Overview: The EEOC is cracking down on employee discrimination against individuals with disabilities (a more preferred term than disabled employees) under the Americans with Disabilities Act (ADA). An individual is considered disabled under the ADA if: (i) they have a physical or mental impairment that substantially limits one or more of their major life activities; or (ii) a record of such an impairment; or (iii) are regarded as having such an impairment. Employers need to apply this definition broadly and are wise to focus more on the interactive process and the duty to accommodate the individual. In addition, because many states and municipalities have laws that define what constitutes a disability, employers should check their state/local law to ensure full compliance.
Employers should also ensure they have the required ADA poster and supplement in locations that can be easily seen by applicants and employees and that their policies, programs and practices follow the purpose and language of the amended ADA.
Trends: With the passage of the Americans with Disabilities Amendments Act (ADAAA), many more individuals fall within the ADA's definition of disability. The growing definition of disability is another reason why an employee who has a disability wants to be considered an individual with a disability, as opposed to being a disabled employee. Therefore, employer focus on the interactive process and reasonably accommodating employees - and not whether the individual is disabled - is increasingly paramount.
"No fault" leave or attendance policies under which employees are automatically terminated after being on leave for a specific period of time can be considered a violation of the ADA if the policy or practice fails to incorporate an interactive process to assess whether additional, definite leave may be a reasonable accommodation under the ADA. The EEOC has targeted several employers - to the tune of millions of dollars - challenging such no-fault leave policies.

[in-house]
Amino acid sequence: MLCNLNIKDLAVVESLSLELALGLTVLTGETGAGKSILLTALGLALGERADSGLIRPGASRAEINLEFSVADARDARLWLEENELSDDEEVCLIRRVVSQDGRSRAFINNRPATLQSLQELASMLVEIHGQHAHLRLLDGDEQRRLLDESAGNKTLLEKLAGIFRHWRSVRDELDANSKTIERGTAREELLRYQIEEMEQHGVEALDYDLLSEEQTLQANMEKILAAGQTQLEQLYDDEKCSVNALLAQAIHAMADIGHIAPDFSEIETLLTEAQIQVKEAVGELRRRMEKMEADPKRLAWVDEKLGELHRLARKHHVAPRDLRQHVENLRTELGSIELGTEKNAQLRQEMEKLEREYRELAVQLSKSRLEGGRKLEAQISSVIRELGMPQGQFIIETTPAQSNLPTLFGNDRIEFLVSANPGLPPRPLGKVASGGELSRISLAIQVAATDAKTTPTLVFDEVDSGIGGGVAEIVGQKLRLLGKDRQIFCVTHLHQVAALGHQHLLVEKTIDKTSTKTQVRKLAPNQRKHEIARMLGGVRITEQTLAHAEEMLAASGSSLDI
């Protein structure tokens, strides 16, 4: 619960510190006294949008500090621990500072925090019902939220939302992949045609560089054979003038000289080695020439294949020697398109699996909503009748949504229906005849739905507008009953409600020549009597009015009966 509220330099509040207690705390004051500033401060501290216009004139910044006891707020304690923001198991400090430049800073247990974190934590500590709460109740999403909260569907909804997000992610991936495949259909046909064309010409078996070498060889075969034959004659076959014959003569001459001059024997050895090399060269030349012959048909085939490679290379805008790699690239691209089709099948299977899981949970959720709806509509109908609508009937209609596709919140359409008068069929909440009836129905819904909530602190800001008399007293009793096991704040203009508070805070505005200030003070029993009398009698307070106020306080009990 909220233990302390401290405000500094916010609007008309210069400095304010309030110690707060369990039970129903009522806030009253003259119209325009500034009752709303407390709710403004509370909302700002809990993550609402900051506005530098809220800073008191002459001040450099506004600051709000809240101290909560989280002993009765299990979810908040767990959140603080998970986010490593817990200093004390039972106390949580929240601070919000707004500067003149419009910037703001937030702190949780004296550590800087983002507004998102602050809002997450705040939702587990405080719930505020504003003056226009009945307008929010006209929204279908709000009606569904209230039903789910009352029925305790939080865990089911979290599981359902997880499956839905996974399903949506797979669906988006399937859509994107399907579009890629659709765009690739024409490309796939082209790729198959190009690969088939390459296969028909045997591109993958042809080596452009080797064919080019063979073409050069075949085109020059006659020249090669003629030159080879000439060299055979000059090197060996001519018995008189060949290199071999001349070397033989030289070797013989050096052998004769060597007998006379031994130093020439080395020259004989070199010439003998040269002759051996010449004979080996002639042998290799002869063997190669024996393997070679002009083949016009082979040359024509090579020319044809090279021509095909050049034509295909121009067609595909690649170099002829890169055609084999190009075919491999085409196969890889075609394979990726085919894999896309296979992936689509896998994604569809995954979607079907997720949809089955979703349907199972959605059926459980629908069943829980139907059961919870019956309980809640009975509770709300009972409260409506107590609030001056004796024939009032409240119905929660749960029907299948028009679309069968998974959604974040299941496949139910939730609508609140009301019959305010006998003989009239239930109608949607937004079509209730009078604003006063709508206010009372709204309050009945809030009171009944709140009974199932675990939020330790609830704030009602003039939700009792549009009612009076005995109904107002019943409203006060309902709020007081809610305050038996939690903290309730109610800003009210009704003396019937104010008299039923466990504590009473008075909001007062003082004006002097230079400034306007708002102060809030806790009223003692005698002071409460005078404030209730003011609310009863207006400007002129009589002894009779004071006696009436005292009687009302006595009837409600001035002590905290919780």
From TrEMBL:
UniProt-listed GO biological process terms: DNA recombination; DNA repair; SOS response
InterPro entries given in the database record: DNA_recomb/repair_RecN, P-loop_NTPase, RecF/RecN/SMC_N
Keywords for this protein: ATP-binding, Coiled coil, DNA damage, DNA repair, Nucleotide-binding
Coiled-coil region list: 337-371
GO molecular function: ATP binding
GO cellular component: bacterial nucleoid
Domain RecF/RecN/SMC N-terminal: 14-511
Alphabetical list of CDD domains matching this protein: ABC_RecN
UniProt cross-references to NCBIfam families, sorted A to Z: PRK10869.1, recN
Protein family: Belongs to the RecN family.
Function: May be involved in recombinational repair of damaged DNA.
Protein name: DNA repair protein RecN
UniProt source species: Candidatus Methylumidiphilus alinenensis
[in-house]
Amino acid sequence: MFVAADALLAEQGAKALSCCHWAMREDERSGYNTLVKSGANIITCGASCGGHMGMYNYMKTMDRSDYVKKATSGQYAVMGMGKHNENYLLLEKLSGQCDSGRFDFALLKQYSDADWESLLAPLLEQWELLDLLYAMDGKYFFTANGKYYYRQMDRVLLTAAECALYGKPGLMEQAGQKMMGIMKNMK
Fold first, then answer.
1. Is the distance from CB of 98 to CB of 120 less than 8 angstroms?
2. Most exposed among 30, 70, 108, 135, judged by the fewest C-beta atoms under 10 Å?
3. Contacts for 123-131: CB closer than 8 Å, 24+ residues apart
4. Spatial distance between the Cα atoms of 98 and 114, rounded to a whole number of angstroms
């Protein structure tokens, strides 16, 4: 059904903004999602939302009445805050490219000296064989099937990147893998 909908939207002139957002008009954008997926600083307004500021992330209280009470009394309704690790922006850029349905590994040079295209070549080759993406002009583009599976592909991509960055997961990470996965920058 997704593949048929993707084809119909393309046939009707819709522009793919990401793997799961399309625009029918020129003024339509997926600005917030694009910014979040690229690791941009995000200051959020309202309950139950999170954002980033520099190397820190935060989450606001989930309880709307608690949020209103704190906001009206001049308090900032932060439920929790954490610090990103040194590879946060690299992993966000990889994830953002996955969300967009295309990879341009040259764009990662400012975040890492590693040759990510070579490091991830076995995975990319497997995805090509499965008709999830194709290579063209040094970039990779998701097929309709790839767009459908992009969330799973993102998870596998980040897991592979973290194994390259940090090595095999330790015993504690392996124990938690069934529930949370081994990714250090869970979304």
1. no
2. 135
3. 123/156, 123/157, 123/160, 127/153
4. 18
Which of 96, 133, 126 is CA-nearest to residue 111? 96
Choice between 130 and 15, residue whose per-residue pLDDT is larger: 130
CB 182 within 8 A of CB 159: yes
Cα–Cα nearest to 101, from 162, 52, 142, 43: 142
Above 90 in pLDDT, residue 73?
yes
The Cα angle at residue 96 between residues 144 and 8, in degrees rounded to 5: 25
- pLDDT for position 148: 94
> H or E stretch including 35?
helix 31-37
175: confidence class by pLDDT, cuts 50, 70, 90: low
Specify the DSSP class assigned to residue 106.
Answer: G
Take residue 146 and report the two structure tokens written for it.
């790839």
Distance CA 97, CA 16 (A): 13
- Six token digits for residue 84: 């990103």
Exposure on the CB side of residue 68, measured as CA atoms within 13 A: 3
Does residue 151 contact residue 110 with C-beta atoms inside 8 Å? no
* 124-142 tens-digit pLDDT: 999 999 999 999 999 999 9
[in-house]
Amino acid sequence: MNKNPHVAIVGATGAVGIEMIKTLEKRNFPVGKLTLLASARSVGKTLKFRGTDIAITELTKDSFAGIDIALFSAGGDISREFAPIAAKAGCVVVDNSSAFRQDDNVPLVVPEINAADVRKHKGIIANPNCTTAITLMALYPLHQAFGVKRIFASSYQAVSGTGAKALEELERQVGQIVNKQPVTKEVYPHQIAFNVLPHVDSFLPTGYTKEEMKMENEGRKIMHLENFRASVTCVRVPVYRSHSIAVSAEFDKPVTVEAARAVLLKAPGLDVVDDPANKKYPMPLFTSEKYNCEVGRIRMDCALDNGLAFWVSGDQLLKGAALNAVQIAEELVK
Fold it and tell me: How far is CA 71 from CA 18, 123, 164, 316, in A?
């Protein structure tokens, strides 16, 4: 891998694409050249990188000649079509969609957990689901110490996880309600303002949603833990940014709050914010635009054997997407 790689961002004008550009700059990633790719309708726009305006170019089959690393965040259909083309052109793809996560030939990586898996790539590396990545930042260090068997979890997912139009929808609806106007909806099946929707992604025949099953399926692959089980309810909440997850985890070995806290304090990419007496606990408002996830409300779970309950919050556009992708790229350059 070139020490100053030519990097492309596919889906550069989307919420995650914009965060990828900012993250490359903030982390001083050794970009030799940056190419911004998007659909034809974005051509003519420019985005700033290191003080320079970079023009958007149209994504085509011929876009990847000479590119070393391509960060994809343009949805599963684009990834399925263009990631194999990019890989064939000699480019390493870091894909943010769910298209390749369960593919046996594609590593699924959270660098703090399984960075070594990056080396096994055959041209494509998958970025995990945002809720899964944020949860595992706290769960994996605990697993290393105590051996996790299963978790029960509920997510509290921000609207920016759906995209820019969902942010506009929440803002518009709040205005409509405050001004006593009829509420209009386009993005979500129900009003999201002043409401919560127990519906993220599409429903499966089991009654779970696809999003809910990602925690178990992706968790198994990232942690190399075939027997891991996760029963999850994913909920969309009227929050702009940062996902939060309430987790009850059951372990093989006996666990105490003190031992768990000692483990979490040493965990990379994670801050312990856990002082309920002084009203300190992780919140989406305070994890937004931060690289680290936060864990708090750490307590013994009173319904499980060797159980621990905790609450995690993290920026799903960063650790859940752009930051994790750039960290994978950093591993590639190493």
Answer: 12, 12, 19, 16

Author: Melissa S. Burdorf, JD, Legal Editor
The Americans with Disabilities Act (ADA) prohibits discrimination against a qualified individual with a disability with respect to job application procedures, hiring, advancement, termination, compensation, job training, and other terms, conditions and privileges of employment. This section highlights ADA compliance minefields, including the definition of disability, reasonable accommodations and the interactive process, and medical examinations and inquiries.
In-depth review of the spectrum of Connecticut employment law requirements HR must follow with respect to disabilities (ADA).
California has long been among the most active states when it comes to employment law. Anthony Oncidi, head of the labor and employment law group at the Los Angeles office of Proskauer Rose, discusses recent changes in the law plus other key challenges affecting California employers.
California is a bellwether state when it comes to employment law, and 2013 did nothing to diminish that reputation. In this new XpertHR podcast, management-side attorney Anthony Oncidi discusses key developments from the past year affecting California employers. Oncidi heads the labor and employment law group in the Los Angeles office of Proskauer Rose.
In-depth review of the spectrum of Alaska employment law requirements HR must follow with respect to the Americans with Disabilities act.
In-depth review of the spectrum of Colorado employment law requirements HR must follow with respect to disabilities.
As previously reported, effective January 30, 2014, New York City employers with four or more employees may not terminate or refuse to provide a reasonable accommodation to a pregnant employee or an employee recovering from childbirth or a related medical condition if the employee requests an accommodation and the accommodation will allow the employee to perform the essential functions of her job. As part of its obligations under the new law, the New York City Human Rights Commission has released a written notice that employers must provide to all new hires at the start of employment and all current employees on or before January 30, 2014.
Various sections of the Employment Law Manual have been updated to reflect a recent 5th Circuit Court of Appeal's ruling in Feist v. Louisiana.
In-depth review of the spectrum of Louisiana employment law requirements HR must follow with respect to ADA disabilities.
In-depth review of the spectrum of Mississippi employment law requirements HR must follow with respect to disabilities.
HR guidance on handling employees with disabilities under the Americans with Disabilities Act (ADA). Support on the many regulations of the ADA.